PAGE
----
- The Bangkok Rules-United Nations Rules for the Treatment of Women Prisoners and Non-custodial Measures for Women Offenders with their Commentary (2015).
- Handbook on Women and Imprisonment (2014).
- Training curriculum on Women and Imprisonment Version 1.0 (2015).
- Information note for criminal justice practitioners on non-custodial measures for women offenders (2015).
- E-learning course on Alternatives to Imprisonment for Women Offenders.
In Colombia, UNODC developed a guide for a conceptual approach to gender-based violence: legal framework, concepts, routes of attention and recommendations regarding citizen security in the COVID-19 pandemic in Santiago de Cali.
In Pakistan and Myanmar, UNODC coordinated national high-level roundtables to build consensus among different sectors for effective responses to GBV and the delivery of quality essential services for survivors.
In 2020, ICAT published a joint Analytical Review, which assessed, among others, persistent gaps in addressing the gender dimensions of trafficking in persons and identified the necessity to focus prevention efforts on eradicating gendered norms around sexual entitlement, coercion and control that normalize violence and constitutes a part of the continuum of violence against women and girls. ICAT also developed a first-ever Action Plan, which highlights several gender-related follow-up actions.
In the framework of the GLO.ACT project, UNODC undertook a gender and human rights analysis of Trafficking in Persons and Smuggling of Migrants in Pakistan. UNODC also supported the Afghan National High Commission on Trafficking in Persons in the review and updating of their strategic national action plan to address the root causes and respond to the needs of women and girls.
UNODC worked closely with the CECAW Committee to support the development of the General Recommendation no. 38 on Trafficking in Women and Girls in the Context of Global Migration (i.e. contributed significantly to consultations, organized the regional Expert Group Meeting for Europe, Central Asia and the Balkans, coordinated a separated joint ICAT submission).
Other activities included:
- Support to the 30th Session of the Commission on Crime Prevention and Criminal Justice (May 2021), which adopted a resolution recognizing the "importance of eliminating all forms of violence against women and girls in the public and private spheres, including trafficking and sexual and other types of exploitation",
- Support towards organizing a Multi-stakeholder Hearing on implementation of the UN Global Plan of Action to Combat Trafficking in Persons (GPA), on 13 July 2021, which discussed topics such as sexual exploitation of women and girls and the principle of non-punishment of victims of trafficking.
- UNODC also coordinated the preparation of a join ICAT submission to the GPA appraisal process, underlining the importance of integrating violence prevention measures aimed to tackle the social norms that promote the commodification of women and children and normalize violence against women and girls.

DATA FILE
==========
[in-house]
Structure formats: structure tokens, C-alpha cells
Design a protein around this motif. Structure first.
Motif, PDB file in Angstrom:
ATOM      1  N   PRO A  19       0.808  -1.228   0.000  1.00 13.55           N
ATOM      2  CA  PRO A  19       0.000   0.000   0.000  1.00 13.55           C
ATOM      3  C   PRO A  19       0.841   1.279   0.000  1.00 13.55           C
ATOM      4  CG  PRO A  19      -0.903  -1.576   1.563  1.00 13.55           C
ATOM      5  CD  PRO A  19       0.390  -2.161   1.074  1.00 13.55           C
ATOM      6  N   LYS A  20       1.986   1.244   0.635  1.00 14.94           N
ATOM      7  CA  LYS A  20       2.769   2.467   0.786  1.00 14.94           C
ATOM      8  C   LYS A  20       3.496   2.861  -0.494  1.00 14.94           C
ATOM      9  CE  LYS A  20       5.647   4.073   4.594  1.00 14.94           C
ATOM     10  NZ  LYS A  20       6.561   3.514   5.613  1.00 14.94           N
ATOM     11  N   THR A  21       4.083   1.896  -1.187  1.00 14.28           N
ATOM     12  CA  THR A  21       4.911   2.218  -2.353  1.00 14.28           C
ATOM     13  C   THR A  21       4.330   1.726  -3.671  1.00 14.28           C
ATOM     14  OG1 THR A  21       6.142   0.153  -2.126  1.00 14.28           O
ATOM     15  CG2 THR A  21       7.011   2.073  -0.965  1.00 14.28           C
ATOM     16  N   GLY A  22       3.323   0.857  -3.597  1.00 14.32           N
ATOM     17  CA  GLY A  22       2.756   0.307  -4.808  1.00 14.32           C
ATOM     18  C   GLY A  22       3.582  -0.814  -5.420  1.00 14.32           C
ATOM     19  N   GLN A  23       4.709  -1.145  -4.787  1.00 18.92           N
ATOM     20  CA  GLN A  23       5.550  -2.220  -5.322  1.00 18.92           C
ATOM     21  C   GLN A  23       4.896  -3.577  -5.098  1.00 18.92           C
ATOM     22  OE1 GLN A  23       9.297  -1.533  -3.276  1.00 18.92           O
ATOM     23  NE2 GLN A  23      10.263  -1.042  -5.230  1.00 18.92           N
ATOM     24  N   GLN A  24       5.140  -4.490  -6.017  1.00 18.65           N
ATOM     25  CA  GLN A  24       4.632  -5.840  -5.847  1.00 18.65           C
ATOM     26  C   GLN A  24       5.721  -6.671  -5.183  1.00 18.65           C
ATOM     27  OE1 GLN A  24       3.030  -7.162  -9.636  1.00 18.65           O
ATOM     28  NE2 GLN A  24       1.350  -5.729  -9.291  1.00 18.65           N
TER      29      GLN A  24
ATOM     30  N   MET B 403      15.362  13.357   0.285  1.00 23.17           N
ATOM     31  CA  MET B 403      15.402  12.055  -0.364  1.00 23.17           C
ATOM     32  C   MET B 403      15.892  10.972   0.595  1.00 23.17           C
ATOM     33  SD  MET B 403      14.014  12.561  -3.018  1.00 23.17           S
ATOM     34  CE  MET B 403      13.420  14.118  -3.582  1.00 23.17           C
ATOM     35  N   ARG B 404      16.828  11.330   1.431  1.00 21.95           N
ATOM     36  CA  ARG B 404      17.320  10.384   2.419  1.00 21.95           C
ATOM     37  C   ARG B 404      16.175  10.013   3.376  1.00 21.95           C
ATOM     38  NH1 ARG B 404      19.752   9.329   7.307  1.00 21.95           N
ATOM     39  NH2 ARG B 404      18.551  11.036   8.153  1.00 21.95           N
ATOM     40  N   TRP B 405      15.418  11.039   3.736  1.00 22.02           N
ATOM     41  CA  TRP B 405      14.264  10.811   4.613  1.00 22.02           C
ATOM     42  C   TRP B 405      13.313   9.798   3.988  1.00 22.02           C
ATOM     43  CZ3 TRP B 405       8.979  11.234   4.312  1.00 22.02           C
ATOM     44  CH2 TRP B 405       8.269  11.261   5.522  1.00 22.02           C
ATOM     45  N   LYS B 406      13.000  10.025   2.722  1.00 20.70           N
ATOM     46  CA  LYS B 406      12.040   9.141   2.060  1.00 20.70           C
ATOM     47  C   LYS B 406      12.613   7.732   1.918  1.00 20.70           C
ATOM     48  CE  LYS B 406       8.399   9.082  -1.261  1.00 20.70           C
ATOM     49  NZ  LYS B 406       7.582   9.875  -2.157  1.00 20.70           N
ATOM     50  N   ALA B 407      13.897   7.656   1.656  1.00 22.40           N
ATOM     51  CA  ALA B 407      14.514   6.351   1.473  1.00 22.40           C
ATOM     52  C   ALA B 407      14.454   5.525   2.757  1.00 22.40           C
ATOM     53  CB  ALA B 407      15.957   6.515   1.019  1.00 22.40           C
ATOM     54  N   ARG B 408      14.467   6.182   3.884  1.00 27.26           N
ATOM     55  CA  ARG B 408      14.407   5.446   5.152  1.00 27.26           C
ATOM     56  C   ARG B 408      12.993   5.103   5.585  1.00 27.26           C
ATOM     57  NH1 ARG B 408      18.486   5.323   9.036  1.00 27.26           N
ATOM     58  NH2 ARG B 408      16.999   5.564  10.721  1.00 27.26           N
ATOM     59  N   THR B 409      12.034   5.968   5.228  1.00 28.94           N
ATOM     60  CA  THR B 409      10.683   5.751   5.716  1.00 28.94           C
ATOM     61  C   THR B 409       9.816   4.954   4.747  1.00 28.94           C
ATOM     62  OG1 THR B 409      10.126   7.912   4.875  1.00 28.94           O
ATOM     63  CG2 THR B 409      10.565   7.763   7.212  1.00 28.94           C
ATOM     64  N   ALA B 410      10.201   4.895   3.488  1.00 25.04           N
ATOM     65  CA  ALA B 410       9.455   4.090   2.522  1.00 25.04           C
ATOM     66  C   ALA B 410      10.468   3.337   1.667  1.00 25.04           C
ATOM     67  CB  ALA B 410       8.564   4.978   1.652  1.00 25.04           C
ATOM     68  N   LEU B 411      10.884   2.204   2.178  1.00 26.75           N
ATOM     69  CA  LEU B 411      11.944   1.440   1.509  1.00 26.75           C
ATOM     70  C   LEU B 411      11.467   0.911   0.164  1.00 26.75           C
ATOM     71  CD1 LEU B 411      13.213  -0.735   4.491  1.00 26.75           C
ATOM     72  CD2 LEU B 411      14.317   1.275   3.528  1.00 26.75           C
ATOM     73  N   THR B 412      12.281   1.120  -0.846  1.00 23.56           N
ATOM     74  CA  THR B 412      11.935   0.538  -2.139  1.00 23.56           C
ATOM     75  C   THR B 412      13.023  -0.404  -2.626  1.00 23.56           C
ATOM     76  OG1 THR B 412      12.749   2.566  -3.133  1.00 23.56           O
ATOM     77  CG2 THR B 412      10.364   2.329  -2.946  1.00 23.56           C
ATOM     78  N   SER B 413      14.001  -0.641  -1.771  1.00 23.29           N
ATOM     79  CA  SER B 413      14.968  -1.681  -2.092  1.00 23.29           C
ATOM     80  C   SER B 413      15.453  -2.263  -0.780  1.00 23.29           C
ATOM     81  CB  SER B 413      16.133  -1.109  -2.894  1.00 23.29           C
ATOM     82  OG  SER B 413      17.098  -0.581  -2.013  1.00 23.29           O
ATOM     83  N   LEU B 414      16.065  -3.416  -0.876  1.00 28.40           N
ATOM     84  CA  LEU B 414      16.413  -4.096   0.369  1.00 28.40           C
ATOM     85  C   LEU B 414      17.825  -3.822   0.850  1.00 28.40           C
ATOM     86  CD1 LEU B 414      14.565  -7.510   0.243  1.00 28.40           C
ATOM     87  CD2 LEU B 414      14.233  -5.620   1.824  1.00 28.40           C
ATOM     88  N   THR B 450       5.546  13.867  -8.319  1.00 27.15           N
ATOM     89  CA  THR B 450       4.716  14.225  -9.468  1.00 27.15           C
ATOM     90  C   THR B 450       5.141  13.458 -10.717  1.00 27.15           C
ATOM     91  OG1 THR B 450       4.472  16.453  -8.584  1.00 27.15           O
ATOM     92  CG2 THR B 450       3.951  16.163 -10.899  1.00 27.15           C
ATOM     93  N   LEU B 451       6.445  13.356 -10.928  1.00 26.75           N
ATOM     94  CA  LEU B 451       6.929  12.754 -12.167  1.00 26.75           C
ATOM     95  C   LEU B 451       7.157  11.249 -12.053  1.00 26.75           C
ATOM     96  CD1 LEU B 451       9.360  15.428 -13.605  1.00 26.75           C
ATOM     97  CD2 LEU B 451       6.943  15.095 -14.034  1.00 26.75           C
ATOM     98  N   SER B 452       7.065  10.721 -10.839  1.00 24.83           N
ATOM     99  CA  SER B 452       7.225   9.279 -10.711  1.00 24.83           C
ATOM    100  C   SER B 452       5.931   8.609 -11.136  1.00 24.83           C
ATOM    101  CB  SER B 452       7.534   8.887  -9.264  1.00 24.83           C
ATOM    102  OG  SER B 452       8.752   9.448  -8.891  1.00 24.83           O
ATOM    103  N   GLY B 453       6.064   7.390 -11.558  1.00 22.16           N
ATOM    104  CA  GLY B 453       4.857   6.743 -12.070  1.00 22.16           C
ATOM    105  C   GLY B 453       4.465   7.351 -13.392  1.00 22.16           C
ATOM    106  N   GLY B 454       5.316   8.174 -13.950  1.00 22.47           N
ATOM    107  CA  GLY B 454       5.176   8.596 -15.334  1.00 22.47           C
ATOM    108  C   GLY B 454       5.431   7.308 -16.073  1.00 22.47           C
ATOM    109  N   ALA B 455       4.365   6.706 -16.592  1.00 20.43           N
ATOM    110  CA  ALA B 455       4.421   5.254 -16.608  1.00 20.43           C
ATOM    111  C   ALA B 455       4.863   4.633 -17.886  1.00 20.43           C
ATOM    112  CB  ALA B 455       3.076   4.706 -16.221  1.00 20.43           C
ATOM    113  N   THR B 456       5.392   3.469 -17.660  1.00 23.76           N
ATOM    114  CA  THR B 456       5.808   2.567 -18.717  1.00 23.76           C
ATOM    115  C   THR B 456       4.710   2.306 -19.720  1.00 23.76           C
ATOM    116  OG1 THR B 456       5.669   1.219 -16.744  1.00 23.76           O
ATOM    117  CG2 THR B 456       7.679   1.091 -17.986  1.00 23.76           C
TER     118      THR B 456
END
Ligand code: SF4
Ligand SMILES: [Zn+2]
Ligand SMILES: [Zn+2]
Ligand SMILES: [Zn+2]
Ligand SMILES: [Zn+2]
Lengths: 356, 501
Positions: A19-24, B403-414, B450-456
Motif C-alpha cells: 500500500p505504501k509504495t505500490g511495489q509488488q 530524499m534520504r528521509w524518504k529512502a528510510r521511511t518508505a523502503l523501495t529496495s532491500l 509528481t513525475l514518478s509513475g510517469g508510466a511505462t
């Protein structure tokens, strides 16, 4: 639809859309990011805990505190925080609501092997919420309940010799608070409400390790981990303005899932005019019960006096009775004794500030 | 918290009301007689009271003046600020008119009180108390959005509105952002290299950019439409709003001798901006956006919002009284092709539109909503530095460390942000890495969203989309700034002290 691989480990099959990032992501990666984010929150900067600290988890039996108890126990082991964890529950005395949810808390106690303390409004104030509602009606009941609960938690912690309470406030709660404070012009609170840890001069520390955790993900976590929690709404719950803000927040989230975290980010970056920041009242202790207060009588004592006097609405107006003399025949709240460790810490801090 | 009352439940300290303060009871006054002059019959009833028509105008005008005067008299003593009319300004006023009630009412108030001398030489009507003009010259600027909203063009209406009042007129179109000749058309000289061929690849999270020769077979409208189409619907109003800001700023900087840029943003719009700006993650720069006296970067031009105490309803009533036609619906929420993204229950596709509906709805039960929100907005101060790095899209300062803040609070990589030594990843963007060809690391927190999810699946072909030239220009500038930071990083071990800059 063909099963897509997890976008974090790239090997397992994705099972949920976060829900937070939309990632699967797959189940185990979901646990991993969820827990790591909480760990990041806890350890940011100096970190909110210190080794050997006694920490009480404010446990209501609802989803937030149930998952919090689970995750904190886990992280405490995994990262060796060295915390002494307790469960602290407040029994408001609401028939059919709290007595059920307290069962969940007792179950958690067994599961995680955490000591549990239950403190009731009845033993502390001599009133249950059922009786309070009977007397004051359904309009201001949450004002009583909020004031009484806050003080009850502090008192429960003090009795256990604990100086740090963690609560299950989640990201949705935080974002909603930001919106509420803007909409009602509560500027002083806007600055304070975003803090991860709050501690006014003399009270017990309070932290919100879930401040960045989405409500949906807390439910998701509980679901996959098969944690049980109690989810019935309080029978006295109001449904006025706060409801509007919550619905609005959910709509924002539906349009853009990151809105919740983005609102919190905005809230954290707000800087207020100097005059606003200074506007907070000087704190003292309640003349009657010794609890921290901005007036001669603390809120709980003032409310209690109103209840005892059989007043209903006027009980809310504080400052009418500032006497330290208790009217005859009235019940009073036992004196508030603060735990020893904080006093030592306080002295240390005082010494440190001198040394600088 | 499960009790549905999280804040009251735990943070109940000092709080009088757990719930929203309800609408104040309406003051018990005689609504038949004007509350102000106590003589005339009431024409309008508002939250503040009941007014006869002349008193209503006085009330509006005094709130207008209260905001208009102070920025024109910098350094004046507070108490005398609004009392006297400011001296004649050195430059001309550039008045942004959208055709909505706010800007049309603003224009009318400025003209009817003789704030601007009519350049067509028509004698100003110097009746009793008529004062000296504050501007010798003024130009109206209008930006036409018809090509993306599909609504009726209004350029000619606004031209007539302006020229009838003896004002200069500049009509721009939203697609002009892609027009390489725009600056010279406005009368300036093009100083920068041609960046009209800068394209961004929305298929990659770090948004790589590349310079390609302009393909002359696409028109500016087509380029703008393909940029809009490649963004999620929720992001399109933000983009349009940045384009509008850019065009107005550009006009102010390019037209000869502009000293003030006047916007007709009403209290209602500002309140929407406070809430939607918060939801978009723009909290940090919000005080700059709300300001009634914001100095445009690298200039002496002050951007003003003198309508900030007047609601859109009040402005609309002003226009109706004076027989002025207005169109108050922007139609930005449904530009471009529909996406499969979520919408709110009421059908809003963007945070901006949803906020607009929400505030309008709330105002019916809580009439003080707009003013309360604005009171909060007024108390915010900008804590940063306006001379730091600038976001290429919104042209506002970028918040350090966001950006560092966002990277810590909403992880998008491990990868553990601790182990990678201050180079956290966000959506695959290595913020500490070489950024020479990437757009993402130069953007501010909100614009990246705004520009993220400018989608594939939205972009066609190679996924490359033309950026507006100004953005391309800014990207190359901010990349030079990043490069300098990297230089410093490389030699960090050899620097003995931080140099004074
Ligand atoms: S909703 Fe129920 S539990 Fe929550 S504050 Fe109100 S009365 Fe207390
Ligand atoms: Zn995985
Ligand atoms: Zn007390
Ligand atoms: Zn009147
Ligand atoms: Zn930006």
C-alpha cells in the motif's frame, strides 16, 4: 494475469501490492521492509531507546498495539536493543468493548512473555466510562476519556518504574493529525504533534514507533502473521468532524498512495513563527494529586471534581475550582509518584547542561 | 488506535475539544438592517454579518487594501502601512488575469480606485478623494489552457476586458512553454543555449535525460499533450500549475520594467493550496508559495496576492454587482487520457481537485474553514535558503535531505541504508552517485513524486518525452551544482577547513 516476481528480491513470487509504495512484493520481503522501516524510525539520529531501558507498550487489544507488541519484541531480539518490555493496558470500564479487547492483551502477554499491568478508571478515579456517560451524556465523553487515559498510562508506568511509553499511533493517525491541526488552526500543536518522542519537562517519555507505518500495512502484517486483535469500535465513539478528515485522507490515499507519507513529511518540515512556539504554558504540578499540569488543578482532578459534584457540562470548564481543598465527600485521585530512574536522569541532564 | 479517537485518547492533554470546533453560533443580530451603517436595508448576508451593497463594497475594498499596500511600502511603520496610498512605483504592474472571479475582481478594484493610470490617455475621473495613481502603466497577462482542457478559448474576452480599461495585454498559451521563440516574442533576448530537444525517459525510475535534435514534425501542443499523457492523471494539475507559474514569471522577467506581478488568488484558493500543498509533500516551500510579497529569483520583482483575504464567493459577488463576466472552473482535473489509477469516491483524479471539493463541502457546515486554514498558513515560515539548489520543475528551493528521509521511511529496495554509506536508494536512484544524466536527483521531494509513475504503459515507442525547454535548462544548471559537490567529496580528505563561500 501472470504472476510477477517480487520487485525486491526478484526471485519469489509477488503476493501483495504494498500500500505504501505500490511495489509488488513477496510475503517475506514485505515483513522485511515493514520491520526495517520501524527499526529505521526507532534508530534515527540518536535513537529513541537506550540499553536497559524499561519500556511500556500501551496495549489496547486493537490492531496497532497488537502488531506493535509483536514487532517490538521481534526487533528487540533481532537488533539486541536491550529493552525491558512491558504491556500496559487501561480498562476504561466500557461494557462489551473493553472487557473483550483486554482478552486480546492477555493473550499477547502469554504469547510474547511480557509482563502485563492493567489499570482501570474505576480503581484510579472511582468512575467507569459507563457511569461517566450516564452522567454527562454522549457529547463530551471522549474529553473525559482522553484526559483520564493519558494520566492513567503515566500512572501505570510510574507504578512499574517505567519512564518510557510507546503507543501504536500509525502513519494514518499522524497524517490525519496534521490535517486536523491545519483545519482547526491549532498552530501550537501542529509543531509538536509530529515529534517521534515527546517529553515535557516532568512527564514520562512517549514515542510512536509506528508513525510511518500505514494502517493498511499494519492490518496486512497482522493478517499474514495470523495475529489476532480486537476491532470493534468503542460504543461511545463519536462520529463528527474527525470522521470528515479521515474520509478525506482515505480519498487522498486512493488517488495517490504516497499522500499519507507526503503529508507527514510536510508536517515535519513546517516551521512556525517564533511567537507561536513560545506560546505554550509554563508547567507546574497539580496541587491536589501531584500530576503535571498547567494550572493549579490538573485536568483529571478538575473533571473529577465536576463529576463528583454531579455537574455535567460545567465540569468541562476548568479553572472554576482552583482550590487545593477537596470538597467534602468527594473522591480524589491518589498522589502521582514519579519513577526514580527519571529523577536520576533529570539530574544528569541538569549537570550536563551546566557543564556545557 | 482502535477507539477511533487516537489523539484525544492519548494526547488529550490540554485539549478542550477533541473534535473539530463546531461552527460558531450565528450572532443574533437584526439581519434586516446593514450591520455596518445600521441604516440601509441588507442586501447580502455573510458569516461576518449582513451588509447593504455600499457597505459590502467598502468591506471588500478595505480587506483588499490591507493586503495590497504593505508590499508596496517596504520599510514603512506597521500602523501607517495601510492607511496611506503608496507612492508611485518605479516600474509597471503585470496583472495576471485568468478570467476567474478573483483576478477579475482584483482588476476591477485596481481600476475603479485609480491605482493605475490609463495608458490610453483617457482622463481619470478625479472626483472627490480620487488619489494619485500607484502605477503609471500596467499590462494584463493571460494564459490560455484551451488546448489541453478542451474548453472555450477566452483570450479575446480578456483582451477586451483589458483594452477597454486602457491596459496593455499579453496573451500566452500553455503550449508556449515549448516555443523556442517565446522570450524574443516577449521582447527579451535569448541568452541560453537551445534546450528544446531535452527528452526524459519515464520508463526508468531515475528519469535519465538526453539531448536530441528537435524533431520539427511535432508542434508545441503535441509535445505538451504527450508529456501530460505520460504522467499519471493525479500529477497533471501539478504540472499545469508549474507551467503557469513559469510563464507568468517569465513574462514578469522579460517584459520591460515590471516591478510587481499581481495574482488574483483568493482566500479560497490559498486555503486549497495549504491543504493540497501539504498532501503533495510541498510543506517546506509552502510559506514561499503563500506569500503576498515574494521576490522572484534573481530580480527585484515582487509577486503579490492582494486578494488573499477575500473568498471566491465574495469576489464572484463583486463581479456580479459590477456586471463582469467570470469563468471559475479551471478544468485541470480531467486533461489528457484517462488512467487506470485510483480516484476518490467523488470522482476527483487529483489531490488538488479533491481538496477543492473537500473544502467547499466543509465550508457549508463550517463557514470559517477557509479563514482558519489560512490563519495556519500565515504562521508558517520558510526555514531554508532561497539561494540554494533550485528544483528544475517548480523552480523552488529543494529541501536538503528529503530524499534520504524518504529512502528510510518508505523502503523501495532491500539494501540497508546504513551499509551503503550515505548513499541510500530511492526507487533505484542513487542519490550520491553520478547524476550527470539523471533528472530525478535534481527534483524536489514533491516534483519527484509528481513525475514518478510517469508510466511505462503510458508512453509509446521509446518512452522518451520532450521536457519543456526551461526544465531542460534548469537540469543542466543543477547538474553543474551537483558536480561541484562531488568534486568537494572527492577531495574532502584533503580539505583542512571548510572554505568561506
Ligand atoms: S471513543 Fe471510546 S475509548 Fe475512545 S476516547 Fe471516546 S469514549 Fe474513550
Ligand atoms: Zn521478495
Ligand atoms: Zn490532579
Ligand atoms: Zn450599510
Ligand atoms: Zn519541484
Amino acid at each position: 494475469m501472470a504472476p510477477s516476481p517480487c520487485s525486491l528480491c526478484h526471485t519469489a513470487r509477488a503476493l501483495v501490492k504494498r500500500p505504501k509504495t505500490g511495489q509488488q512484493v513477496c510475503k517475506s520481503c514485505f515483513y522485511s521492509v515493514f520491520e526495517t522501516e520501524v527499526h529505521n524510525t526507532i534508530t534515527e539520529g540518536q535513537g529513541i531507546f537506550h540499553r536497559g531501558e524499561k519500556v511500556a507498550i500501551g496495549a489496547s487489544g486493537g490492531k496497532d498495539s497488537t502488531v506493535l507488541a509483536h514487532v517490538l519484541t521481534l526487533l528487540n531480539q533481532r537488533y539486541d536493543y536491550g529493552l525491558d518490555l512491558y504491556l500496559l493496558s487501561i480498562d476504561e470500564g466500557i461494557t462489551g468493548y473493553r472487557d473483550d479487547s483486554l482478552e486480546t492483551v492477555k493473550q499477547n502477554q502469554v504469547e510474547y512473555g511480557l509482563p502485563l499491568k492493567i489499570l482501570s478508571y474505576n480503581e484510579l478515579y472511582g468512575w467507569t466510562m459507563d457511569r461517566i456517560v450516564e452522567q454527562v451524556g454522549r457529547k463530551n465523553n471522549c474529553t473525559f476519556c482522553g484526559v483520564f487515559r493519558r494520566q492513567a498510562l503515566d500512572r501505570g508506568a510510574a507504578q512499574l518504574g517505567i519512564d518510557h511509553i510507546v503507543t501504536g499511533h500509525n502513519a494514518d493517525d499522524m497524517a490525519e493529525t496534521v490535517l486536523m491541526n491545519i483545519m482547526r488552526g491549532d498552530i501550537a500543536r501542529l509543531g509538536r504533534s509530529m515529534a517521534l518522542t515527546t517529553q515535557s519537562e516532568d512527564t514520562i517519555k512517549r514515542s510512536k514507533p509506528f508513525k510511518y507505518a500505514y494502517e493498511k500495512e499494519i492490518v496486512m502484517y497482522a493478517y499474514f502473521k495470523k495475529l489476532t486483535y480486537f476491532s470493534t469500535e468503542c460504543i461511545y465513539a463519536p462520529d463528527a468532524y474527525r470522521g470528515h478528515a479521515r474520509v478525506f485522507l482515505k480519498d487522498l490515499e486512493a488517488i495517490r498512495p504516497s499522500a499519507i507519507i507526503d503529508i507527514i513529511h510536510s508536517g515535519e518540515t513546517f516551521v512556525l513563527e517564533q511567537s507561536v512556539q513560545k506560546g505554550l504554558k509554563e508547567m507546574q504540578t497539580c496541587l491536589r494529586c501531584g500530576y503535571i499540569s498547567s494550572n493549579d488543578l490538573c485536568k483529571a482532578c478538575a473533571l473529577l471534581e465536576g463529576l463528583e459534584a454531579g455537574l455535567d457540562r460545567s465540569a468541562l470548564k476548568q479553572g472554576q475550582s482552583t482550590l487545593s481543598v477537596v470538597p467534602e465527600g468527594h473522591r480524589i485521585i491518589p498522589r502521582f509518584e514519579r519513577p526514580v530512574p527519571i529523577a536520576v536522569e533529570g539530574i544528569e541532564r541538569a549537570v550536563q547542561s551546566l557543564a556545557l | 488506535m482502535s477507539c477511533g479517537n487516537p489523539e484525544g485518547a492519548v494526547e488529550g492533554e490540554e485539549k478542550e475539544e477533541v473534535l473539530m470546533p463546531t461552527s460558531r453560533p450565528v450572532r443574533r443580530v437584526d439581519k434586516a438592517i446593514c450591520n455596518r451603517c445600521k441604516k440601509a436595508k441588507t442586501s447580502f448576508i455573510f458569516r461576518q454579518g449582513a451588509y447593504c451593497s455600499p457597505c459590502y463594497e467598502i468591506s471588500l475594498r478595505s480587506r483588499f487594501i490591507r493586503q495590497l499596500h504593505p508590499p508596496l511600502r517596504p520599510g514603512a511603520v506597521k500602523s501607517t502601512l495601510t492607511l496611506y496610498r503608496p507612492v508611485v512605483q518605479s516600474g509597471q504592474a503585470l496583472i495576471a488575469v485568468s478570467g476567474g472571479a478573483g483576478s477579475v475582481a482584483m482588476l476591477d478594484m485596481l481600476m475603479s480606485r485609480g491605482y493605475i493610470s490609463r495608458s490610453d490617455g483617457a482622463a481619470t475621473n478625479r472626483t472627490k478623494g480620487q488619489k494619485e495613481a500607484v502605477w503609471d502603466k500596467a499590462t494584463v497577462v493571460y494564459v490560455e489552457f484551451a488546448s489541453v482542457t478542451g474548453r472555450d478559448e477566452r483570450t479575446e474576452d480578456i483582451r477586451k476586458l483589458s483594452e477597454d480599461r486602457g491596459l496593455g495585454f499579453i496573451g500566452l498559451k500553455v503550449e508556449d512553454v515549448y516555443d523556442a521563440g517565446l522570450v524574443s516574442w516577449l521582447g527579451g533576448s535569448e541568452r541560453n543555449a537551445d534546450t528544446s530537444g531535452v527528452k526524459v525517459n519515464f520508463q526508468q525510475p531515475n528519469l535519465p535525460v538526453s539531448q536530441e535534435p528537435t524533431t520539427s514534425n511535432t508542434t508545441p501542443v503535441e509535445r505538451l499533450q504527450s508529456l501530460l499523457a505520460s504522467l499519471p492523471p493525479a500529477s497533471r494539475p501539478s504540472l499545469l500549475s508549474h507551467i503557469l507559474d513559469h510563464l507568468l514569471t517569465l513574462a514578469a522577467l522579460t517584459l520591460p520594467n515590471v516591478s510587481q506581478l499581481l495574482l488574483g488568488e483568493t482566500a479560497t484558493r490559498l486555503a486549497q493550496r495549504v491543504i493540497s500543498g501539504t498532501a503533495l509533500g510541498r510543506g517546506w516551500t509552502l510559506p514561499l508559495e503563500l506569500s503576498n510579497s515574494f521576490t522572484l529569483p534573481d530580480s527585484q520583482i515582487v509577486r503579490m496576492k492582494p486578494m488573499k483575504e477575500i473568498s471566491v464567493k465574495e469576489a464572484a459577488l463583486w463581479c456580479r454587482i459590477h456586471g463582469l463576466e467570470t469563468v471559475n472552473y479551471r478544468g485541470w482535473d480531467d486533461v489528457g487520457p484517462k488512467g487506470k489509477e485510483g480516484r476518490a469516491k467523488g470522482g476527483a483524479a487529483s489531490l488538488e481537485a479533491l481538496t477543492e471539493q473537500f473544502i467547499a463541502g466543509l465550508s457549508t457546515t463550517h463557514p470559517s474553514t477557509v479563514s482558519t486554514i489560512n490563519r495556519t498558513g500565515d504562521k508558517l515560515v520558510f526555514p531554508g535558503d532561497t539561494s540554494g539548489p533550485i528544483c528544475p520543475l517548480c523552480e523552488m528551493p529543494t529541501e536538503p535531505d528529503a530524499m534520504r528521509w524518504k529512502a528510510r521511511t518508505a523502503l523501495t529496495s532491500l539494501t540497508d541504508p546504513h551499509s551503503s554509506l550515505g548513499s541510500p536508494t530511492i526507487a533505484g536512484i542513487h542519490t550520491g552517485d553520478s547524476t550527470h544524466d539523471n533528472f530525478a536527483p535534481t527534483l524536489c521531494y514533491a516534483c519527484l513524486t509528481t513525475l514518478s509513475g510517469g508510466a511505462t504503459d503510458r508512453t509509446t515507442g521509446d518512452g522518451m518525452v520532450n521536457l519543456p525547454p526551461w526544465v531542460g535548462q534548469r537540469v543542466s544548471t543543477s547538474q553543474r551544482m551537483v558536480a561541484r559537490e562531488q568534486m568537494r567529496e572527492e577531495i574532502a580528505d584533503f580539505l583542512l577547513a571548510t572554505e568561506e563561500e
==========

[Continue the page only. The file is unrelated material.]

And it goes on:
In the framework of the EU-funded GLO.ACT project, UNODC launched the UNODC Toolkit for Mainstreaming Human Rights and Gender Equality into Criminal Justice Interventions to Address Trafficking in Persons and the Smuggling of Migrants.
In Iraq, UNODC supported the Women’s Network Advisory Board and a webinar on the ‘control methods of traffickers', which discussed how perpetrators engage in sexual violence and exploitation.
UNODC continued providing capacity building support to Nigeria and launched support to Mozambique to address sexual and gender-based violence committed by terrorist groups, providing training during the period to Nigerian and Mozambican investigators, prosecutors, and judges to support them to bring perpetrators to justice while respecting human rights. These activities were carried out in cooperation with the UN Team of Experts on the Rule of Law and Sexual Violence in Conflict.
UNODC, through its Center of Excellence in Statistical Information on Government, Crime, Victimization and Justice in Mexico, continued to develop a statistical framework for the measurement of gender-related killing of women and girls. Together with UN Women, UNODC launched a Global Consultation on a Common Statistical Framework on Gender-Related Killings of Women and Girls (Femicide/Feminicide). This initiative responds to the 2019 request by the UN Statistical Commission to develop such a framework, based on the International Classification of Crime for Statistical Purposes. National institutions, civil society organizations and academics all over the word were invited to participate in the consultation and submit their responses.In Kyrgyzstan, UNODC supported the use of gender-disaggregated statistical forms of gender-related crimes to be included in the electronic crime registry.
UNODC published the study "Abused and Neglected - A Gender Perspective on Aggravated Migrant Smuggling Offences and Response", which found that despite recurring cases where smuggled persons' life and safety is put at risk or where they are subjected to inhuman or degrading treatment there is little to no evidence of judicial responses to put an end to their impunity.